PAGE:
Isabella Velásquez
Isabella Velásquez
Author
Sep 13, 2021 5 min read

Why I’m Excited to Join RStudio, Told Through a {blogdown} Metadata Project

I joined RStudio to contribute to their blog, and the first thing I did was use R to pull metadata from the blog.

I am excited to announce that I’ve joined the RStudio Marketing team! I will be creating content on the RStudio Blog that will announce news and share stories from the company, users, and partners. I just started this week and, ready to jump in, I decided that I’d like to deep dive into previous blog posts.

The RStudio blog is written using blogdown and each blog entry contains metadata in the YAML header. Since there are hundreds of blog entries, I decided to use R to quickly pull all this information into an analyzable data frame. While figuring out how to do this, I was reminded of why I am so excited to join RStudio in the first place (and if you want to jump straight into the code, click here!)

The Awesomeness that is the R Community

As I started the task of pulling the YAML information, I remembered a blogpost from Garrick Aden-Buie called Find, count and list tags in all blogdown posts (thanks, Garrick!). The post taught me about blogdown:::scan_yaml() which was exactly what I needed to get the information from all the YAML headers in the files.

The members of the R Community, including others at RStudio, are incredibly collaborative and helpful, and I hope to be able to contribute to others’ learning as well.

RStudio Tools Rock

I remember when my older brother introduced me to the tidyverse in graduate school after I had been struggling to understand how to program in R. I was amazed by its usability and functionality and it enabled me to learn more, learn quicker, and learn better. I’ve been fortunate enough to use RStudio tools for my work, like Shiny and shinyapps.io, and each time appreciated the thoughtful and deep work that RStudio does with its services and products.

How great is it that the blogdown team anticipated the need to look at a blog’s metadata and already created a function that scans the YAML?! And that we can create a blog using R? And doing so is excellently documented?

In addition, below you will see many different tidyverse packages (dplyr, here, tibble, tidyr) being used as well. The seamless integration of R packages, tools, and services makes projects like this one possible and easy.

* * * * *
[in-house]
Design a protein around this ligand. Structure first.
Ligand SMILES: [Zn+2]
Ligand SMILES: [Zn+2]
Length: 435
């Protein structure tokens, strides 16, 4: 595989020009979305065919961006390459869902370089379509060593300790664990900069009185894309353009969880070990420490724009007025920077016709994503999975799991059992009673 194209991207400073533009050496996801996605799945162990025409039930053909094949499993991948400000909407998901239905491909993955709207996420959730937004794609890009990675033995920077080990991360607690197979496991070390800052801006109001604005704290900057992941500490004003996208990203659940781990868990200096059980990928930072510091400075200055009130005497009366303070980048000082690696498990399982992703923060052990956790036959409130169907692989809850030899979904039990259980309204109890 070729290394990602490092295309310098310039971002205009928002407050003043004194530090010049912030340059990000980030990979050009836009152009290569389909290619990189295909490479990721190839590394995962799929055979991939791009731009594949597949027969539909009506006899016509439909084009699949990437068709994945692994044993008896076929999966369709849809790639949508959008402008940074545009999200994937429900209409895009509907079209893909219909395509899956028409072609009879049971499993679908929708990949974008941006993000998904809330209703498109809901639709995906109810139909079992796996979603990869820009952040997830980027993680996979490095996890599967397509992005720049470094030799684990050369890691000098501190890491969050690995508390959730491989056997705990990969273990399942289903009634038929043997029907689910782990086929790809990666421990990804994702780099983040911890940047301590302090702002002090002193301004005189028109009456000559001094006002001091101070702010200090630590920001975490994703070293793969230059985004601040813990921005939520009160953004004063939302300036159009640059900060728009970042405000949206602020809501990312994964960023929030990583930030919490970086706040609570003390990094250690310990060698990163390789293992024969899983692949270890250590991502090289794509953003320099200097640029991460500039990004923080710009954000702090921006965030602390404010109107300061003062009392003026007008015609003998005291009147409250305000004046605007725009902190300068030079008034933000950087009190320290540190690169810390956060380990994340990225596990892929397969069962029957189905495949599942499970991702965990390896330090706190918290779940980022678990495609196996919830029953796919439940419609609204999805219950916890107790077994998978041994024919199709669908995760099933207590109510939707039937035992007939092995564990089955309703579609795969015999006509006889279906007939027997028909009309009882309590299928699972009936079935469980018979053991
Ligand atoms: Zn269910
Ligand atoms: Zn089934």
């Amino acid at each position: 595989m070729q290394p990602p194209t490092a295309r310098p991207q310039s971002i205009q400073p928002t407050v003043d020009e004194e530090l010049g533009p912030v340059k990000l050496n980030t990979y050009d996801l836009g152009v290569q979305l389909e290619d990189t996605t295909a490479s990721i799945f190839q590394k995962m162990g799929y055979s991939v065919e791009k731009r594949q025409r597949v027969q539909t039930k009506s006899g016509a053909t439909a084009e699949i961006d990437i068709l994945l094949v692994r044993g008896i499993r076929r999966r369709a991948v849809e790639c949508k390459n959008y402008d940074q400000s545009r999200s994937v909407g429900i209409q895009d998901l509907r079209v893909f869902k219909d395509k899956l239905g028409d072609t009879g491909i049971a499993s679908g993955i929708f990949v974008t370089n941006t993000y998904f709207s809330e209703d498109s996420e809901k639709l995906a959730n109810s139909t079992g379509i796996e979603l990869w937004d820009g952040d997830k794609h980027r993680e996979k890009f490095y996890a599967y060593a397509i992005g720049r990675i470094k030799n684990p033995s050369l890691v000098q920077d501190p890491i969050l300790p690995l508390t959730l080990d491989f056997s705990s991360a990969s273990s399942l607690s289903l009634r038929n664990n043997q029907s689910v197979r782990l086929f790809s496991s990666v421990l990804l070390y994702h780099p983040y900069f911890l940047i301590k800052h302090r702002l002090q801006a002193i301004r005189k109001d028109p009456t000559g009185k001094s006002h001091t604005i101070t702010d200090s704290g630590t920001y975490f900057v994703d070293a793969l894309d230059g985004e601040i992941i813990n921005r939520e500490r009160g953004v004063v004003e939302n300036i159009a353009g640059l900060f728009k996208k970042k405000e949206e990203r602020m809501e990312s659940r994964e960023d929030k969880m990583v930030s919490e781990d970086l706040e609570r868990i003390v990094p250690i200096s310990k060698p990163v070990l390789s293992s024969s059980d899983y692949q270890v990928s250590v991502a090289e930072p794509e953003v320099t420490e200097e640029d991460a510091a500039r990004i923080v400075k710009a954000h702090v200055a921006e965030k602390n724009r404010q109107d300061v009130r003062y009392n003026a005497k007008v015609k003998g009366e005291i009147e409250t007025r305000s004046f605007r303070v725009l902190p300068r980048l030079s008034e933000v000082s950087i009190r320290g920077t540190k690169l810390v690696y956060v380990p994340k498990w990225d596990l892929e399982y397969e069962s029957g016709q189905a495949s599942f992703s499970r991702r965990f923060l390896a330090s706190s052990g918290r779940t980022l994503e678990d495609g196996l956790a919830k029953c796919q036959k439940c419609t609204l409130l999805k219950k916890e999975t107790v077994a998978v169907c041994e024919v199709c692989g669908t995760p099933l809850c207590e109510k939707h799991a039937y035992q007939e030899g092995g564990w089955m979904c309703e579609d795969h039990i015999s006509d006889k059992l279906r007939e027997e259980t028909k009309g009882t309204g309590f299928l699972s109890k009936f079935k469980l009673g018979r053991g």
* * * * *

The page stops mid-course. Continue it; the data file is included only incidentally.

So Much to Write About

If you check out the tags from the RStudio blog, you will see so many topics. APIs! BI tools! Package development! Interoperability! RStudio is working on so many things, open source and enterprise, and it is thrilling to be part of an organization that advocates for code-first development, thrives in a diverse and supportive community, and thinks creatively about what challenges to tackle next.

A New Chapter in my RStudio Journey

I am proud to join an organization that I’ve long admired and hope that my contributions in this realm of RStudio’s business will promote the uptake of amazing RStudio products, and the crucial work RStudio does in free open-source software, data science education, and other spaces as a Public Benefit Corporation. I look forward to working alongside my colleagues at RStudio to achieve the company’s vision.

And with that… I give you, the code!

The Code

Pulling YAML metadata for each blog post

My intention was to create a data frame from a blogdown where every row represents a blog entry, and where we will have columns for (1) its title, (2), its author(s), (3) associated tags, and (4) associated categories. If you are using this code on your blogdown, you can change them to whichever YAML fields you would like.

# Load libraries
library(tidyverse)

# Find the folder with the blog posts
blogdown_content_path <- here::here("content", "post")

# Scan yaml of all posts (make sure the blogdown project is open)
meta_list <-
  blogdown:::scan_yaml(blogdown_content_path)

# Create a data frame that pulls out the title, date, categories, and tags for each entry
meta_df <- tibble(
  title = map_chr(meta_list, "title"),
  date = map(meta_list, "date"),
  categories = map(meta_list, "categories"),
  tags = map(meta_list, "tags"))

In this case, there are entries where there is a vector within categories or tags - this is because a single blog post can have multiple categories or tags (see example here, which has “rstudio connect” and “featured” as categories).

The following code separates the tags or categories with multiple values so that each value has its own column using a pivot_longer() followed by unnest(), then re-pivots the table to wide format using pivot_wider().

meta_df_clean <-
  meta_df %>%
  # Put the fields with multiple options into one column called variable
  pivot_longer(cols = c("categories", "tags"),
               names_to = "variable",
               values_to = "value") %>%
  # Split out the fields with multiple options into individual rows
  unnest(cols = value) %>%
  # For each blog entry, give each category or tag a number
  group_by(title, variable) %>%
  mutate(id = row_number()) %>%
  # Pivot back to wide format
  pivot_wider(names_from = c("id", "variable"),
              names_glue = "{variable}_{id}",
              values_from = value)

And that’s it! Now we have a data frame with each row denoting a blog entry, with its associated metadata.

Thank you so much for reading this article and I look forward to seeing you on the RStudio blog or on Twitter.